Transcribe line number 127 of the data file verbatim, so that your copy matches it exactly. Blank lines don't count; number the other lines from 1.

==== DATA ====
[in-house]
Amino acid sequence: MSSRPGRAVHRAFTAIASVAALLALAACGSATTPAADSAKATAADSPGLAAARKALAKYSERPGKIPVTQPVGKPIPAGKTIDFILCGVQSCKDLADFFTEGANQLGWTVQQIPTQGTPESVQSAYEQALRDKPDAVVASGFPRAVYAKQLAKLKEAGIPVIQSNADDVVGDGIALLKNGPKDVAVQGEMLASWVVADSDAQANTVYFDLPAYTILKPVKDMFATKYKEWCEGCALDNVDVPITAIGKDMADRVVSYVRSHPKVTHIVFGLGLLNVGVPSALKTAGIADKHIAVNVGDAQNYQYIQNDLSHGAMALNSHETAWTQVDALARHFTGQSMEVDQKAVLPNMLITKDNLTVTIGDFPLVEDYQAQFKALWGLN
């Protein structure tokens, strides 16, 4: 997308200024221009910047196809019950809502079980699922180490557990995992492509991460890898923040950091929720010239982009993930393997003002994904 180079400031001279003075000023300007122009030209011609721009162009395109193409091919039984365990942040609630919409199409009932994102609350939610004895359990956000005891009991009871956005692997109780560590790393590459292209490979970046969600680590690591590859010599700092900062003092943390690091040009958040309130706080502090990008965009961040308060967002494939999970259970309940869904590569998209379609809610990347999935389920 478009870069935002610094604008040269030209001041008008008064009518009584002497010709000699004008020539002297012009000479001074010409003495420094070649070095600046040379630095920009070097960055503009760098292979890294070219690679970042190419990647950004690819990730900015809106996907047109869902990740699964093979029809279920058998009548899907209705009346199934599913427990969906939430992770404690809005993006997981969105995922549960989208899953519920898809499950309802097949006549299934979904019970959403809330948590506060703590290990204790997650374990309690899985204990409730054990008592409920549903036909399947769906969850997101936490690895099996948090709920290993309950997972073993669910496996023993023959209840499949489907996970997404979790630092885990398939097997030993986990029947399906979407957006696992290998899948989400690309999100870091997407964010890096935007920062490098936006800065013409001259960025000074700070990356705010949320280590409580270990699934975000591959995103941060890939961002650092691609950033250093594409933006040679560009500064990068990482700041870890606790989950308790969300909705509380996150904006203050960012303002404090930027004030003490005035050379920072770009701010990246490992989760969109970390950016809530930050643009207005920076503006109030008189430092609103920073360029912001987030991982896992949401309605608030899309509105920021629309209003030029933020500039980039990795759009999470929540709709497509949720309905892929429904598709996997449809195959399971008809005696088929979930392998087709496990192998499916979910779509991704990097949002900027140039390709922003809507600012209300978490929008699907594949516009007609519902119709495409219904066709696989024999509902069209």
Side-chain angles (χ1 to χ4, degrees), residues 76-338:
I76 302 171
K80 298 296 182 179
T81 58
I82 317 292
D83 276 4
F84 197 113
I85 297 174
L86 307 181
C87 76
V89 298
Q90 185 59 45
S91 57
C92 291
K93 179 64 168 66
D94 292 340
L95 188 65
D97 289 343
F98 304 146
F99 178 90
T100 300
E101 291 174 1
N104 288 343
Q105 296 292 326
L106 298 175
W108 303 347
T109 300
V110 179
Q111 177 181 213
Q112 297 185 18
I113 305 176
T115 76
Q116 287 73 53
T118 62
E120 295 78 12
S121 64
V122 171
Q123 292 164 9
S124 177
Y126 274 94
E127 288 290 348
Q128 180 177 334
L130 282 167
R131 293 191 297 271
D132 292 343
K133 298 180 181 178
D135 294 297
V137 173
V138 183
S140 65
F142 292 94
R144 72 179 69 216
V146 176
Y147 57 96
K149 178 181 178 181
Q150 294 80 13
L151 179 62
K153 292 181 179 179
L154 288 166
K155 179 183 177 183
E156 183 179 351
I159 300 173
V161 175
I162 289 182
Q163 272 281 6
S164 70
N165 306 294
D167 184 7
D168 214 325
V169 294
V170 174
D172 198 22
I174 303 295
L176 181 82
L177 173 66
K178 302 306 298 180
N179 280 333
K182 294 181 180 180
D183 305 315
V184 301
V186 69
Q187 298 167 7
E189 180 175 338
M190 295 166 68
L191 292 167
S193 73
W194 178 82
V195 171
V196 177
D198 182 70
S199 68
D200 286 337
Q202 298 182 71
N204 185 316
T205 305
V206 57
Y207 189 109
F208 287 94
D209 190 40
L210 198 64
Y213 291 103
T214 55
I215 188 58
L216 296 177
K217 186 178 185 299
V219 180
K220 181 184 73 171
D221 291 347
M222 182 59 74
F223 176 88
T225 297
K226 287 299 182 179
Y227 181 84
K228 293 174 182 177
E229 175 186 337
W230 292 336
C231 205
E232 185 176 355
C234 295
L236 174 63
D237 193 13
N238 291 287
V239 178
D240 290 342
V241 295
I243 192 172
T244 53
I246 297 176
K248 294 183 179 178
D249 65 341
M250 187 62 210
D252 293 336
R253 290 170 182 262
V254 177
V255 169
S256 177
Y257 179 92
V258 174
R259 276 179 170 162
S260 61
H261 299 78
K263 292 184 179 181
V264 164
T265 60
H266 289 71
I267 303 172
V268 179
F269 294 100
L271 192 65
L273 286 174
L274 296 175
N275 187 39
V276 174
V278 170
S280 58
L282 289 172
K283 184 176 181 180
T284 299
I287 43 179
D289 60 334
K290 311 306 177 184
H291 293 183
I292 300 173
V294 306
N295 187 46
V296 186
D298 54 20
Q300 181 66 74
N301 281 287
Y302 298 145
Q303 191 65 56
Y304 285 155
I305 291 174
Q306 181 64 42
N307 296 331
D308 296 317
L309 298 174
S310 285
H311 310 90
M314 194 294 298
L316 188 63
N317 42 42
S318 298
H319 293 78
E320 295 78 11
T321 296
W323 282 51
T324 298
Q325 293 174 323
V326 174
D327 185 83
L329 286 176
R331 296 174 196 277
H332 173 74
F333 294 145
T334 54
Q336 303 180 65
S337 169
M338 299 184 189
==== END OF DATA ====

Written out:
D240 290 342